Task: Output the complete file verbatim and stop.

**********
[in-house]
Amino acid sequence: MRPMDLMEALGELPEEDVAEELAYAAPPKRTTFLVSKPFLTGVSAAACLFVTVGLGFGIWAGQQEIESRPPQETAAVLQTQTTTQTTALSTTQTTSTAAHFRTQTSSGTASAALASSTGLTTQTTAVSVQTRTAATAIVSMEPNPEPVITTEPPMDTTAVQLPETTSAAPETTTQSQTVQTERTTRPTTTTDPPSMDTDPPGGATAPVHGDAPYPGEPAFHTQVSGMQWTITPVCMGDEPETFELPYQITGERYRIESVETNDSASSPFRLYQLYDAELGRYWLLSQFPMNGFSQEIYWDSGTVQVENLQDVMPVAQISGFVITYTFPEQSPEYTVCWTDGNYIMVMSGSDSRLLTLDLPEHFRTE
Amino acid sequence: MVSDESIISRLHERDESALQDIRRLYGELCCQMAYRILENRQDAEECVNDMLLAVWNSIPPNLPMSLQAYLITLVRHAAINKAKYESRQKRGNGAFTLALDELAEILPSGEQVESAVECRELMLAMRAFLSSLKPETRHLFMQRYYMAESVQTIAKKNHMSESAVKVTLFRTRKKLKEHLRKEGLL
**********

[in-house]
Amino acid sequence: MRPMDLMEALGELPEEDVAEELAYAAPPKRTTFLVSKPFLTGVSAAACLFVTVGLGFGIWAGQQEIESRPPQETAAVLQTQTTTQTTALSTTQTTSTAAHFRTQTSSGTASAALASSTGLTTQTTAVSVQTRTAATAIVSMEPNPEPVITTEPPMDTTAVQLPETTSAAPETTTQSQTVQTERTTRPTTTTDPPSMDTDPPGGATAPVHGDAPYPGEPAFHTQVSGMQWTITPVCMGDEPETFELPYQITGERYRIESVETNDSASSPFRLYQLYDAELGRYWLLSQFPMNGFSQEIYWDSGTVQVENLQDVMPVAQISGFVITYTFPEQSPEYTVCWTDGNYIMVMSGSDSRLLTLDLPEHFRTE
Amino acid sequence: MVSDESIISRLHERDESALQDIRRLYGELCCQMAYRILENRQDAEECVNDMLLAVWNSIPPNLPMSLQAYLITLVRHAAINKAKYESRQKRGNGAFTLALDELAEILPSGEQVESAVECRELMLAMRAFLSSLKPETRHLFMQRYYMAESVQTIAKKNHMSESAVKVTLFRTRKKLKEHLRKEGLL